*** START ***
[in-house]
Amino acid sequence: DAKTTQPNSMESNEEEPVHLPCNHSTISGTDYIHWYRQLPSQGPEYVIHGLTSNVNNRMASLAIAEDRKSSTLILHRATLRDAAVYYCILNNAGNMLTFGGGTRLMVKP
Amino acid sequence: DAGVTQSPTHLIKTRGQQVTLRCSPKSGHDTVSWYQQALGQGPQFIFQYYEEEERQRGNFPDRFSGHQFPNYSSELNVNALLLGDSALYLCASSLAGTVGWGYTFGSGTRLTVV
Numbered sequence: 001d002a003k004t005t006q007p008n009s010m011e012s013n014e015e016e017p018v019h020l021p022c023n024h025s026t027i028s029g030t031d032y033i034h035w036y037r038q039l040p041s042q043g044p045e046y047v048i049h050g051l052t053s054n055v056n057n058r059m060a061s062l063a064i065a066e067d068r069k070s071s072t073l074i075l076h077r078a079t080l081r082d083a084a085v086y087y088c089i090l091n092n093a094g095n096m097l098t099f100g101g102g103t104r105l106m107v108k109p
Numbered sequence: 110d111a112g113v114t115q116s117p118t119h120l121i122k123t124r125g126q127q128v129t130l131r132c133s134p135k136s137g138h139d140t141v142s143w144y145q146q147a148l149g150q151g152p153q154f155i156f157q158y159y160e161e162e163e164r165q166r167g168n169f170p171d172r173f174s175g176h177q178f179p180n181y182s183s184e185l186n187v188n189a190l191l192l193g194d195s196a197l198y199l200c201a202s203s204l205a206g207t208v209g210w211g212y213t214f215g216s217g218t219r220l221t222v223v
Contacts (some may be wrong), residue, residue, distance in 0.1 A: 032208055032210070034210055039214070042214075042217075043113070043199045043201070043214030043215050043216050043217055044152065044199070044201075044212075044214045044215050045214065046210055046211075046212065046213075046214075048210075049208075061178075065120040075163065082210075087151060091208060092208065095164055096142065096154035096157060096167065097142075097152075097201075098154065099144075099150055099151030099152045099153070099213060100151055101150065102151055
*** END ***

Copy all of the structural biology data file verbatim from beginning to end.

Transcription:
[in-house]
Amino acid sequence: DAKTTQPNSMESNEEEPVHLPCNHSTISGTDYIHWYRQLPSQGPEYVIHGLTSNVNNRMASLAIAEDRKSSTLILHRATLRDAAVYYCILNNAGNMLTFGGGTRLMVKP
Amino acid sequence: DAGVTQSPTHLIKTRGQQVTLRCSPKSGHDTVSWYQQALGQGPQFIFQYYEEEERQRGNFPDRFSGHQFPNYSSELNVNALLLGDSALYLCASSLAGTVGWGYTFGSGTRLTVV
Numbered sequence: 001d002a003k004t005t006q007p008n009s010m011e012s013n014e015e016e017p018v019h020l021p022c023n024h025s026t027i028s029g030t031d032y033i034h035w036y037r038q039l040p041s042q043g044p045e046y047v048i049h050g051l052t053s054n055v056n057n058r059m060a061s062l063a064i065a066e067d068r069k070s071s072t073l074i075l076h077r078a079t080l081r082d083a084a085v086y087y088c089i090l091n092n093a094g095n096m097l098t099f100g101g102g103t104r105l106m107v108k109p
Numbered sequence: 110d111a112g113v114t115q116s117p118t119h120l121i122k123t124r125g126q127q128v129t130l131r132c133s134p135k136s137g138h139d140t141v142s143w144y145q146q147a148l149g150q151g152p153q154f155i156f157q158y159y160e161e162e163e164r165q166r167g168n169f170p171d172r173f174s175g176h177q178f179p180n181y182s183s184e185l186n187v188n189a190l191l192l193g194d195s196a197l198y199l200c201a202s203s204l205a206g207t208v209g210w211g212y213t214f215g216s217g218t219r220l221t222v223v
Contacts (some may be wrong), residue, residue, distance in 0.1 A: 032208055032210070034210055039214070042214075042217075043113070043199045043201070043214030043215050043216050043217055044152065044199070044201075044212075044214045044215050045214065046210055046211075046212065046213075046214075048210075049208075061178075065120040075163065082210075087151060091208060092208065095164055096142065096154035096157060096167065097142075097152075097201075098154065099144075099150055099151030099152045099153070099213060100151055101150065102151055